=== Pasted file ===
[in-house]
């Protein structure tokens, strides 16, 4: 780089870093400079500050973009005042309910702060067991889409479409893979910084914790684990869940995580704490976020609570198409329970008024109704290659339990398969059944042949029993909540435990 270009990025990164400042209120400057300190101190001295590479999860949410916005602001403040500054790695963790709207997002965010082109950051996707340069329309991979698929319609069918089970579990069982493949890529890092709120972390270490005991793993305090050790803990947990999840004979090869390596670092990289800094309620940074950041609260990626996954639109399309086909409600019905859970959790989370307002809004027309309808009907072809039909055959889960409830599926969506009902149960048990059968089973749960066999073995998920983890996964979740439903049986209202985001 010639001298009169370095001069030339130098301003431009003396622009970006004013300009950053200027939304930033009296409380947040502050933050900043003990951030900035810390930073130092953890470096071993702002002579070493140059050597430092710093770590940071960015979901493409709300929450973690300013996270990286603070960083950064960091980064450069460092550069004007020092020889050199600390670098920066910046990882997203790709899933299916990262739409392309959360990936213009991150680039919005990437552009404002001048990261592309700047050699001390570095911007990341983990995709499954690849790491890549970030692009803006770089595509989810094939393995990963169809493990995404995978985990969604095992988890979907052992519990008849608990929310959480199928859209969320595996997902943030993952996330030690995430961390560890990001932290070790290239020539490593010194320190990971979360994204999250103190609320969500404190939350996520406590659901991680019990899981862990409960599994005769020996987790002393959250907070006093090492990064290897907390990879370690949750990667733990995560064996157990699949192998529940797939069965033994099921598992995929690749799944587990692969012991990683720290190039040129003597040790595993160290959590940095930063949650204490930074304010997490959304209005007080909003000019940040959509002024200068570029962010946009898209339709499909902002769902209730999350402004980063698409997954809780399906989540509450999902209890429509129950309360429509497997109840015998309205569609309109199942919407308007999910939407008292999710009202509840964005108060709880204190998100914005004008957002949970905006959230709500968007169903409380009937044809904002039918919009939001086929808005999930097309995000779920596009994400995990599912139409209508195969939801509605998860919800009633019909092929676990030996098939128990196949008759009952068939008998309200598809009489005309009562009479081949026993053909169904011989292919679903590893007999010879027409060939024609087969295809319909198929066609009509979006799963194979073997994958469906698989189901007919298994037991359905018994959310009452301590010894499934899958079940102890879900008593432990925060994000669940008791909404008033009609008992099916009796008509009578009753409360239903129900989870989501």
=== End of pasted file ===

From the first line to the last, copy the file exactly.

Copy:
[in-house]
């Protein structure tokens, strides 16, 4: 780089870093400079500050973009005042309910702060067991889409479409893979910084914790684990869940995580704490976020609570198409329970008024109704290659339990398969059944042949029993909540435990 270009990025990164400042209120400057300190101190001295590479999860949410916005602001403040500054790695963790709207997002965010082109950051996707340069329309991979698929319609069918089970579990069982493949890529890092709120972390270490005991793993305090050790803990947990999840004979090869390596670092990289800094309620940074950041609260990626996954639109399309086909409600019905859970959790989370307002809004027309309808009907072809039909055959889960409830599926969506009902149960048990059968089973749960066999073995998920983890996964979740439903049986209202985001 010639001298009169370095001069030339130098301003431009003396622009970006004013300009950053200027939304930033009296409380947040502050933050900043003990951030900035810390930073130092953890470096071993702002002579070493140059050597430092710093770590940071960015979901493409709300929450973690300013996270990286603070960083950064960091980064450069460092550069004007020092020889050199600390670098920066910046990882997203790709899933299916990262739409392309959360990936213009991150680039919005990437552009404002001048990261592309700047050699001390570095911007990341983990995709499954690849790491890549970030692009803006770089595509989810094939393995990963169809493990995404995978985990969604095992988890979907052992519990008849608990929310959480199928859209969320595996997902943030993952996330030690995430961390560890990001932290070790290239020539490593010194320190990971979360994204999250103190609320969500404190939350996520406590659901991680019990899981862990409960599994005769020996987790002393959250907070006093090492990064290897907390990879370690949750990667733990995560064996157990699949192998529940797939069965033994099921598992995929690749799944587990692969012991990683720290190039040129003597040790595993160290959590940095930063949650204490930074304010997490959304209005007080909003000019940040959509002024200068570029962010946009898209339709499909902002769902209730999350402004980063698409997954809780399906989540509450999902209890429509129950309360429509497997109840015998309205569609309109199942919407308007999910939407008292999710009202509840964005108060709880204190998100914005004008957002949970905006959230709500968007169903409380009937044809904002039918919009939001086929808005999930097309995000779920596009994400995990599912139409209508195969939801509605998860919800009633019909092929676990030996098939128990196949008759009952068939008998309200598809009489005309009562009479081949026993053909169904011989292919679903590893007999010879027409060939024609087969295809319909198929066609009509979006799963194979073997994958469906698989189901007919298994037991359905018994959310009452301590010894499934899958079940102890879900008593432990925060994000669940008791909404008033009609008992099916009796008509009578009753409360239903129900989870989501």